For a simple and useful gift such as handmade soap, candle-making, Cold-pressed olive oil, dried organically grown herbs, spices, and fruits are good choices to take into consideration among a few of the Kingdom’s many agricultural treasures worth seeking out.

There are some certain part of Jordan are knows for specific crafts. Petra is famous for its authentic sand bottle, Madaba for its unique mosaics which prepared by craftsmen trained to restore the ancient monuments and to create contemporary artistic statements. Jerash is famous for its carpets, and handmade culinary needs such as organic olive oil, and dried fruits. In rural areas, local women are somehow relying for a tiny income from making colorful embroidery, rugs weaving that display tribal affiliations and family status where traditional skills are passed down from generation to generation.

Care products made from the unique mineral of the Dead Sea are varied and can founded throughout the country, but bear in mind that Jordanian buy these product a well! So for a best deal and cheapest price you can get, you better check the local pharmacies and supermarkets. There was a national strategy to tourism handicraft with several NGOs to provide new sources of income for in rural areas that have few other employment opportunities. The Jordan River Foundation, Royal Society for the Conservation for Nature, and Noor Al- Hussein Foundation established to help local people in rural areas to establish handicrafts workshops to provide needed income as well as to spread out the benefits of tourism throughout the country. Many of the women originally trained by these projects have managed to established successful businesses themselves. If you are traveling during the summer from June to August, do not miss the chance to wander around Souq Jara in Amman. It is an outdoor market for crafts and antiques located in the old neighborhood of Jabal Amman, right in the hearty of the city at Rainbow Street. Souq Jara is well worth a visit to see the different kinds of art crafts and the mixed crowd that gathers every Friday at one of the Amman favorite markets.

Before you buy any Jordanian handicrafts, make sure to question the shopkeeper about the provenance of the items to be sure that you are getting locally produced items.

A final word of advice… Bargaining in Jordan is a basic manner of tradition while shopping in Jordan and it can be an exciting shopping experience. Bargain is acceptable, but not always necessary, especially on low prices items. Some shops, especially those offering workshops and social- development products are fixed price shops. If not, you will have a protracted and enjoyable negotiation over a glass of mint tea offered by shopkeepers. Shops which offer to ships goods around the world, “free of charge” have already factored this into their price structure.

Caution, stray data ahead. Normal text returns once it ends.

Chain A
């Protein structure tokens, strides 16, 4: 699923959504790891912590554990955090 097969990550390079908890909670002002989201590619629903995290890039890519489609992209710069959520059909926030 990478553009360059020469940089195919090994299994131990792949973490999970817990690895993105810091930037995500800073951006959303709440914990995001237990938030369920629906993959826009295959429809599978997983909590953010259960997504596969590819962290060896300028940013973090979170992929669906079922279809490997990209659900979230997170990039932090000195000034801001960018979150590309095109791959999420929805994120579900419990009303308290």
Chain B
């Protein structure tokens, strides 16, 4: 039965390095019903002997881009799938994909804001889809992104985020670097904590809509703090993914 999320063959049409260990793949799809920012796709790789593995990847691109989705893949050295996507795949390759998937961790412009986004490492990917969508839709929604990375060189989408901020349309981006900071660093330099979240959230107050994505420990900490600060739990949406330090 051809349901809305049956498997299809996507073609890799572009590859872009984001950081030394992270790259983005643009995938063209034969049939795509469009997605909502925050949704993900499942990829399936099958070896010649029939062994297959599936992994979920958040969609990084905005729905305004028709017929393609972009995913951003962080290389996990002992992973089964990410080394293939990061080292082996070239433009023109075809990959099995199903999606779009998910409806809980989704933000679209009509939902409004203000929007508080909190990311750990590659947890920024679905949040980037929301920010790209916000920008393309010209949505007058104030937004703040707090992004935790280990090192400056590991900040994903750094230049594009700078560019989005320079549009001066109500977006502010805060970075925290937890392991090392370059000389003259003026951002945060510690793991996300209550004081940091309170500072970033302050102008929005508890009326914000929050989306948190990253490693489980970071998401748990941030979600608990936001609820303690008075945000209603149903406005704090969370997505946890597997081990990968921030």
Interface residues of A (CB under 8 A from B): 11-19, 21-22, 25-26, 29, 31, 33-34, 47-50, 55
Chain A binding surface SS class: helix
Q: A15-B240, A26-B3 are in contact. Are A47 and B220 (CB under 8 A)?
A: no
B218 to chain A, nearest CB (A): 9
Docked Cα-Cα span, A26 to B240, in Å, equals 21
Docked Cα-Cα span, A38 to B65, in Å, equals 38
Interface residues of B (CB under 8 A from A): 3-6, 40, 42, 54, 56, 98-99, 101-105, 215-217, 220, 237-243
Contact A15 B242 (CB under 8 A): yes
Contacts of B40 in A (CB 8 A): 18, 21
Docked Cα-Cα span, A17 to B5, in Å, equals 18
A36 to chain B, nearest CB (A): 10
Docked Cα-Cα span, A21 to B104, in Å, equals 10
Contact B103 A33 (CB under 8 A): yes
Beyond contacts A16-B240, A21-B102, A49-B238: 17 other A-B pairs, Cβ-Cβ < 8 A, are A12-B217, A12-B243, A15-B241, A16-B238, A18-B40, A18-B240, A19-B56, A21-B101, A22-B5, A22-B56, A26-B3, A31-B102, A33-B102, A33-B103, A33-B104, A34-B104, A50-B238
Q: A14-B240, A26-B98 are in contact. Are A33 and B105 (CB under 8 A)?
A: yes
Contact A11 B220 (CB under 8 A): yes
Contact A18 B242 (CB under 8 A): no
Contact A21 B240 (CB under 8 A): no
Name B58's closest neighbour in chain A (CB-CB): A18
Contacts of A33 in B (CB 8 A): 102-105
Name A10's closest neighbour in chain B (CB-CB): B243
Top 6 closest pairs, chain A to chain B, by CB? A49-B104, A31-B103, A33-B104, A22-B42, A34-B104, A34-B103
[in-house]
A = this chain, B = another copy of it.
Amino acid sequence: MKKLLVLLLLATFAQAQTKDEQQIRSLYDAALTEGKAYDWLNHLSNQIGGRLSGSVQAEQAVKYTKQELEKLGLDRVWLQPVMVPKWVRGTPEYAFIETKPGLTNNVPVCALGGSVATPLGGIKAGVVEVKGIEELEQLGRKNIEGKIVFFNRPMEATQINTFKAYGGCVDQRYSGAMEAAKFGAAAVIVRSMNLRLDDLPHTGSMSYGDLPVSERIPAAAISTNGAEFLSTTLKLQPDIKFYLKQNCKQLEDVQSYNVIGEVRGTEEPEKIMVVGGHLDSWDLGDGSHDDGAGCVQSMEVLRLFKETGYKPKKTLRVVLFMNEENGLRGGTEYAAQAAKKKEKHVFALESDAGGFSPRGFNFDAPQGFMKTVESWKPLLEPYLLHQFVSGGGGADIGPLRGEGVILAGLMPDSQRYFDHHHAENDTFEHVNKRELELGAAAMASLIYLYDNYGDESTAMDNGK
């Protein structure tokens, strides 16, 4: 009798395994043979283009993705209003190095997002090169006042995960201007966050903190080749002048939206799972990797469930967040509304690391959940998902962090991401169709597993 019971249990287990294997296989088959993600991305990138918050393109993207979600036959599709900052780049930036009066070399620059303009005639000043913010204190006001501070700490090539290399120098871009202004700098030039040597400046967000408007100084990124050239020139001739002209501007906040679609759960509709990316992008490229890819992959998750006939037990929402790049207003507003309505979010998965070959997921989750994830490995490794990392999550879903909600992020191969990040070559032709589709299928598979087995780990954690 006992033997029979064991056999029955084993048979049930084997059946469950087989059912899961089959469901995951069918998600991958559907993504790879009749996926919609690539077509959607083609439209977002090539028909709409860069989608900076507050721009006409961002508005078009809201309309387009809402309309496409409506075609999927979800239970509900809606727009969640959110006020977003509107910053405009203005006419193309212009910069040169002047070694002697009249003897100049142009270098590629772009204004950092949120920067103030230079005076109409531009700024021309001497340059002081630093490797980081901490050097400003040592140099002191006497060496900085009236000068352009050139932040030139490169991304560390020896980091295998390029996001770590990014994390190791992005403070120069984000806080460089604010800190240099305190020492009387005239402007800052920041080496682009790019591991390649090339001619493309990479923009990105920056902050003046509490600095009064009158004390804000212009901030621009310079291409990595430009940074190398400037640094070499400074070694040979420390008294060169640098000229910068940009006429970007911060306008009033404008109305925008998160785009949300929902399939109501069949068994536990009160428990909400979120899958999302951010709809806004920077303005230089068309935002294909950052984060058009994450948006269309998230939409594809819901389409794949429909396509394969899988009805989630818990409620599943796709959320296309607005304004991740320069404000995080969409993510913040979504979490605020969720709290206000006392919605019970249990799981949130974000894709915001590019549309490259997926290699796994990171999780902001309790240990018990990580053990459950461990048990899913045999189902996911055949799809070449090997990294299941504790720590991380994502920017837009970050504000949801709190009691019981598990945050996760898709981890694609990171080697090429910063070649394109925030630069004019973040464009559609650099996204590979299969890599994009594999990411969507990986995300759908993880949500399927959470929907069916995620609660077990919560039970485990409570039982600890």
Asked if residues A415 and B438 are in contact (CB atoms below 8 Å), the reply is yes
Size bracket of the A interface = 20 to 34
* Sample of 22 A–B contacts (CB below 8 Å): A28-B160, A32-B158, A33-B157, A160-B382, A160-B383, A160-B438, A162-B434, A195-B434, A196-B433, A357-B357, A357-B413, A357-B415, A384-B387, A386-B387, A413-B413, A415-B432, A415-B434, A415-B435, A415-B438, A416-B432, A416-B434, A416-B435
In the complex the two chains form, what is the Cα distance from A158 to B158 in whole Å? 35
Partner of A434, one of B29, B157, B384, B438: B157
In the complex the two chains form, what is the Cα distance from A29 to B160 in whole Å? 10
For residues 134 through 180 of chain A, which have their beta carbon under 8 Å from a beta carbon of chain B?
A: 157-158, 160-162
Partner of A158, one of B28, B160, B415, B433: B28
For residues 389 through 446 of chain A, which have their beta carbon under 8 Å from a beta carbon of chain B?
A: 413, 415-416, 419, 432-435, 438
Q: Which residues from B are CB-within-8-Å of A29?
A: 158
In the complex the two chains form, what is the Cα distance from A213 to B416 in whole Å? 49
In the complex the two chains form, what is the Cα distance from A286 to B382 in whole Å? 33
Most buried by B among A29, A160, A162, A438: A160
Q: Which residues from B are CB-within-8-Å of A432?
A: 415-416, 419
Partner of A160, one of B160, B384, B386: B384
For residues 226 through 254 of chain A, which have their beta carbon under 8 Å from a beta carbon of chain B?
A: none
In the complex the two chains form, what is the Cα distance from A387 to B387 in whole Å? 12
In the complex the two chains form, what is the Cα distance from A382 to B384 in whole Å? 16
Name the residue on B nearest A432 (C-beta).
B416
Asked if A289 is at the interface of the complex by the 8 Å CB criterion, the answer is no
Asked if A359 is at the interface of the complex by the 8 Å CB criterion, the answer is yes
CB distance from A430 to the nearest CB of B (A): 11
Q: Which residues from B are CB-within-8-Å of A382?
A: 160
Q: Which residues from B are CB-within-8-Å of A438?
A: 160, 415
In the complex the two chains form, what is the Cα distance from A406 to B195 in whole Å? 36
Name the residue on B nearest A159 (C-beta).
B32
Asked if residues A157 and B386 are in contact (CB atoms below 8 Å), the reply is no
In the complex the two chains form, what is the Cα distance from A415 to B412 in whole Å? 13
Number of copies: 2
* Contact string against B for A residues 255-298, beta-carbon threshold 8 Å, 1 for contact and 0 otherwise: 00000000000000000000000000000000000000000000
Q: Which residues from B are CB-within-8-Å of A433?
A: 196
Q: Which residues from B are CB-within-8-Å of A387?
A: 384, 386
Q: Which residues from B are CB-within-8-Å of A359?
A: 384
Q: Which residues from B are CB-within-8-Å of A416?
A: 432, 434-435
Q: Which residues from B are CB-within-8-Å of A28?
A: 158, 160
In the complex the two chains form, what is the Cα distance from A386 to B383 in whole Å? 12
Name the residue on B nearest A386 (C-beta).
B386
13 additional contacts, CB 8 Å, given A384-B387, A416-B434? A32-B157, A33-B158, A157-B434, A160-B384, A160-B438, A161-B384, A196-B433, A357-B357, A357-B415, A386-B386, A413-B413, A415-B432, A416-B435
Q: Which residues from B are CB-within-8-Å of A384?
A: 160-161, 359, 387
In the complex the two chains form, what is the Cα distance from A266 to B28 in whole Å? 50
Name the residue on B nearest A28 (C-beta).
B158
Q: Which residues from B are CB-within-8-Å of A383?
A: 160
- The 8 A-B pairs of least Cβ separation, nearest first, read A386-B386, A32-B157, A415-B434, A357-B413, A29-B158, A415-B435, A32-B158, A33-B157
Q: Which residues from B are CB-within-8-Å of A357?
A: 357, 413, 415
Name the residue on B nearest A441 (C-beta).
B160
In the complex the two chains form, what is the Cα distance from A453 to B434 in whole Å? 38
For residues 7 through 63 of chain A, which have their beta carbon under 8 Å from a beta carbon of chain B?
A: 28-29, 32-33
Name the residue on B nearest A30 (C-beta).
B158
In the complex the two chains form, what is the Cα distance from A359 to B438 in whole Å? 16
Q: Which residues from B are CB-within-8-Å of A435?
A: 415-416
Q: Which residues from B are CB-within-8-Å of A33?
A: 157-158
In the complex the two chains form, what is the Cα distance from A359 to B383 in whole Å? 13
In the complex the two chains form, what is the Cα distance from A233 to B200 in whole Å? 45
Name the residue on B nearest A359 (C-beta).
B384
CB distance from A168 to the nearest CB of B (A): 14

Jordan is two hours ahead of Greenwich Mean Time. Or three hours while we are on Daylight Savings Time (we change the clocks the last Thursday night
in March, and change back the last Thursday night in October). That means we are two hours ahead of London, and seven hours ahead of New York.
The Jordan voltage is Jordan 220 V which is the same voltage used in UK, France Germany and most of European countries. The electrical frequency is 50 Hz, and the primary sockets are of two pronged European variety, but also there are variety of other sockets and plugs, such as the three pinned plug. It is recommended to bring multi-purpose adapter. The American 110 volt appliances require both a voltage converter and a plug adapter.

Most of the electrical shops in Jordan sells varieties of adapters and transformers, besides laptops and mobiles phones chargers are widely available at the shops throughout Jordan.


The below table will show you the local emergency contact numbers, so you can get in touch in case of emergency. To inquire about a telephone number call the post office information number, 1212. To report other problems related to your visit, you can call the Ministry of Tourism’s Tourist Police hotline at 117777.

Most rental car agencies will provide you with a 24-hour emergency number to use in the event of breakdowns or accidents.

While planning your trip, ask your Jordanian tour operator to provide you with their own 24-hour emergency number to use as needed.

Cultural Consideration

Public Appearances
Jordan is primarily a Muslim country, although the freedom of all religions is protected and respected. Muslim women’s clothing often covers their legs, arms, and hair, so conservative dress is advisable for both men and woman in the old part of Amman or in the small city and rural areas. Nevertheless, Jordan is a country where traditional behavior and dress co-exist easily alongside modern manners. You’ll see both Jordanians and visitors wearing all sorts of garb, jeans or shorts and t-shirts are perfectly acceptable attire for both men and women, especially in the most popular tourist attractions. Please remember, though, that this is a modest culture. If you want to feel at ease yourself and put your hosts at ease, women should avoid wearing short shorts or tops which expose the midriff or cleavage. When your day’s program includes visits to mosques, churches or other sacred sites, modest attire is the most respectful.